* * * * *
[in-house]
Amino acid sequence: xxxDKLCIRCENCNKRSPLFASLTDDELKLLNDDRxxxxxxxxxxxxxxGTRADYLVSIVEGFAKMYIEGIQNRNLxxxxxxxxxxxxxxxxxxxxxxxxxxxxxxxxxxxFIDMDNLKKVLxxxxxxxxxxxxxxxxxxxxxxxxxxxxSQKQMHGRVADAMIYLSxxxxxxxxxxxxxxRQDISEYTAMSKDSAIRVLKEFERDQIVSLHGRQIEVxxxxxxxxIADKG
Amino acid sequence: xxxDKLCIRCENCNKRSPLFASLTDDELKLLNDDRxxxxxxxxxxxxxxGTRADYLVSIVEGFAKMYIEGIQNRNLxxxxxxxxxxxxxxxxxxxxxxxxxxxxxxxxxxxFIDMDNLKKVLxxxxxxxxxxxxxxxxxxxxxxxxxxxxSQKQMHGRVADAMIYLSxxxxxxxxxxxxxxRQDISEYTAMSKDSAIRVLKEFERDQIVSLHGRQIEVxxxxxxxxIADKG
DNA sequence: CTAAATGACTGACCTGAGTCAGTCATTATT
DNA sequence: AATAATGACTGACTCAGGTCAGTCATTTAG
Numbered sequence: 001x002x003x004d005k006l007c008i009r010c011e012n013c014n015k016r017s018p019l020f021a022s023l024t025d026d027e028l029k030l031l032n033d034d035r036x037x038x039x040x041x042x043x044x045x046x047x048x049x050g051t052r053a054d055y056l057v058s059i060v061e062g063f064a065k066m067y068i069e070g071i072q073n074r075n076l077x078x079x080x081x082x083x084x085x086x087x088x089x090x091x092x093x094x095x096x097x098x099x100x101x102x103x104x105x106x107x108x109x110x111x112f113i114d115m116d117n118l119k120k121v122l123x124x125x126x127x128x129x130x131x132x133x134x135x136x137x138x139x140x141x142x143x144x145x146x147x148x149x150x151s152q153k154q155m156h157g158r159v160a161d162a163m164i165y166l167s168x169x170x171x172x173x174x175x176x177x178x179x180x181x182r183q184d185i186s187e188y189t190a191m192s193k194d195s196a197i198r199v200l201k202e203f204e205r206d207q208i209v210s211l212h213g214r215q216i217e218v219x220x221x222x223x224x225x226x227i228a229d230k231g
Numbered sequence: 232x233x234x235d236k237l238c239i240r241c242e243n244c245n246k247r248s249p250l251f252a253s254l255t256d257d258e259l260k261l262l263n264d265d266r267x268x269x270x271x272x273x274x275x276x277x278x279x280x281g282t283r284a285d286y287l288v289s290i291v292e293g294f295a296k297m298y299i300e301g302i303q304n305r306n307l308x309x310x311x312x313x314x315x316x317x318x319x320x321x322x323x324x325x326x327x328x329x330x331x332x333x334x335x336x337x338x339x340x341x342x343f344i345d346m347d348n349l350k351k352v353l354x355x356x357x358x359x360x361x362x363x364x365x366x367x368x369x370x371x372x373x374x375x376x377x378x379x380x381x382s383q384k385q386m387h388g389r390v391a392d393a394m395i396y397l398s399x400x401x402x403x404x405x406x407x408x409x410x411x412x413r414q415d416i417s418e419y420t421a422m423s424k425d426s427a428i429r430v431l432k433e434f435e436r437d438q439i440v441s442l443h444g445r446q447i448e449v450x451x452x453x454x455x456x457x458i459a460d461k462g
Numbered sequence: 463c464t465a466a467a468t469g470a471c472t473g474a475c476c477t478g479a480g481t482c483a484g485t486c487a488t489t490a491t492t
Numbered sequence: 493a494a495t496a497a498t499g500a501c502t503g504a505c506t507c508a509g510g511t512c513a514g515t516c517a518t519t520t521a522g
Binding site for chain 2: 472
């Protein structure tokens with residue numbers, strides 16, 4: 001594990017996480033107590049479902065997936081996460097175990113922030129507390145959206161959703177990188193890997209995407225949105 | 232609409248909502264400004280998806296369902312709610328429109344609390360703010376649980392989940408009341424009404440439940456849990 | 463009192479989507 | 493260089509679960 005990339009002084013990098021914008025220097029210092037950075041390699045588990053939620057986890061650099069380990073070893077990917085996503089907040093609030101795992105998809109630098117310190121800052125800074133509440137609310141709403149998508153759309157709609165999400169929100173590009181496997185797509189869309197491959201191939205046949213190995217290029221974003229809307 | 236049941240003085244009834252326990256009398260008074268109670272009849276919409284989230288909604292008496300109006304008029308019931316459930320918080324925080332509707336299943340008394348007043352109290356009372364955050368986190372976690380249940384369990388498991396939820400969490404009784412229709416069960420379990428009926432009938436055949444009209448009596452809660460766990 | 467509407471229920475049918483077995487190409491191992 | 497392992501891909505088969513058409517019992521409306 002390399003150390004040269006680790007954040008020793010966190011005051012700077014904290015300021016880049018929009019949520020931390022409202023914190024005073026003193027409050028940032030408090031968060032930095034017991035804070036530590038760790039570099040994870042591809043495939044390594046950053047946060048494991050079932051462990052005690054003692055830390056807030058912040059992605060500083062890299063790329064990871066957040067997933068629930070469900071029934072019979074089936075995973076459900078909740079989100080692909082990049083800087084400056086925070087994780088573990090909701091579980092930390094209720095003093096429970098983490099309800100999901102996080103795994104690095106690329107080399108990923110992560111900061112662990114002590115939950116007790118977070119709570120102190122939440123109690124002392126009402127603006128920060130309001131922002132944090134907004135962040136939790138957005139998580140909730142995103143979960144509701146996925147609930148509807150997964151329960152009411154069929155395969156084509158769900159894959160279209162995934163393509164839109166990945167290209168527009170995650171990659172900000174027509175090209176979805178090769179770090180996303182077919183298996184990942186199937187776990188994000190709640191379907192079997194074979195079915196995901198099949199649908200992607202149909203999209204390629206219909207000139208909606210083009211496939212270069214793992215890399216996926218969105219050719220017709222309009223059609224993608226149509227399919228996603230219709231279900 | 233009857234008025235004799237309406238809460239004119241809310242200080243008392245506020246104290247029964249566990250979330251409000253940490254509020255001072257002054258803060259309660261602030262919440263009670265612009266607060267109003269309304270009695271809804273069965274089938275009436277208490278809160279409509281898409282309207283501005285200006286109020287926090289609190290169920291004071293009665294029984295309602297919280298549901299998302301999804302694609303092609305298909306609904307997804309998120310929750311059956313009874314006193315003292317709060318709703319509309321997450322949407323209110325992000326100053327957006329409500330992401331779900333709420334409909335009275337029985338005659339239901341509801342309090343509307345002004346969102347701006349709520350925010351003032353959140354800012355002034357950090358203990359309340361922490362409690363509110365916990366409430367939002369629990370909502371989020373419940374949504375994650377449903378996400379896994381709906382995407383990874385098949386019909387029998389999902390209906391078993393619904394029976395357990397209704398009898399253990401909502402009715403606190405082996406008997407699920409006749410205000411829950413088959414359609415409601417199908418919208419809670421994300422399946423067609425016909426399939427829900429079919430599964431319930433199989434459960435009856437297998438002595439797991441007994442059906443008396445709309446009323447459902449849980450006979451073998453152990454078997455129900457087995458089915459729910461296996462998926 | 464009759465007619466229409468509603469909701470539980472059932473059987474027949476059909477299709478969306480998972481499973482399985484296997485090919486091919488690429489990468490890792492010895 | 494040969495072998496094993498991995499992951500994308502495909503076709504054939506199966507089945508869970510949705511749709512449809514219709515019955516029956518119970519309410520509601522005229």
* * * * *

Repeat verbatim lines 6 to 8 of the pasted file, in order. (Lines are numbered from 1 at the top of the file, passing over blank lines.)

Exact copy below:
Numbered sequence: 001x002x003x004d005k006l007c008i009r010c011e012n013c014n015k016r017s018p019l020f021a022s023l024t025d026d027e028l029k030l031l032n033d034d035r036x037x038x039x040x041x042x043x044x045x046x047x048x049x050g051t052r053a054d055y056l057v058s059i060v061e062g063f064a065k066m067y068i069e070g071i072q073n074r075n076l077x078x079x080x081x082x083x084x085x086x087x088x089x090x091x092x093x094x095x096x097x098x099x100x101x102x103x104x105x106x107x108x109x110x111x112f113i114d115m116d117n118l119k120k121v122l123x124x125x126x127x128x129x130x131x132x133x134x135x136x137x138x139x140x141x142x143x144x145x146x147x148x149x150x151s152q153k154q155m156h157g158r159v160a161d162a163m164i165y166l167s168x169x170x171x172x173x174x175x176x177x178x179x180x181x182r183q184d185i186s187e188y189t190a191m192s193k194d195s196a197i198r199v200l201k202e203f204e205r206d207q208i209v210s211l212h213g214r215q216i217e218v219x220x221x222x223x224x225x226x227i228a229d230k231g
Numbered sequence: 232x233x234x235d236k237l238c239i240r241c242e243n244c245n246k247r248s249p250l251f252a253s254l255t256d257d258e259l260k261l262l263n264d265d266r267x268x269x270x271x272x273x274x275x276x277x278x279x280x281g282t283r284a285d286y287l288v289s290i291v292e293g294f295a296k297m298y299i300e301g302i303q304n305r306n307l308x309x310x311x312x313x314x315x316x317x318x319x320x321x322x323x324x325x326x327x328x329x330x331x332x333x334x335x336x337x338x339x340x341x342x343f344i345d346m347d348n349l350k351k352v353l354x355x356x357x358x359x360x361x362x363x364x365x366x367x368x369x370x371x372x373x374x375x376x377x378x379x380x381x382s383q384k385q386m387h388g389r390v391a392d393a394m395i396y397l398s399x400x401x402x403x404x405x406x407x408x409x410x411x412x413r414q415d416i417s418e419y420t421a422m423s424k425d426s427a428i429r430v431l432k433e434f435e436r437d438q439i440v441s442l443h444g445r446q447i448e449v450x451x452x453x454x455x456x457x458i459a460d461k462g
Numbered sequence: 463c464t465a466a467a468t469g470a471c472t473g474a475c476c477t478g479a480g481t482c483a484g485t486c487a488t489t490a491t492t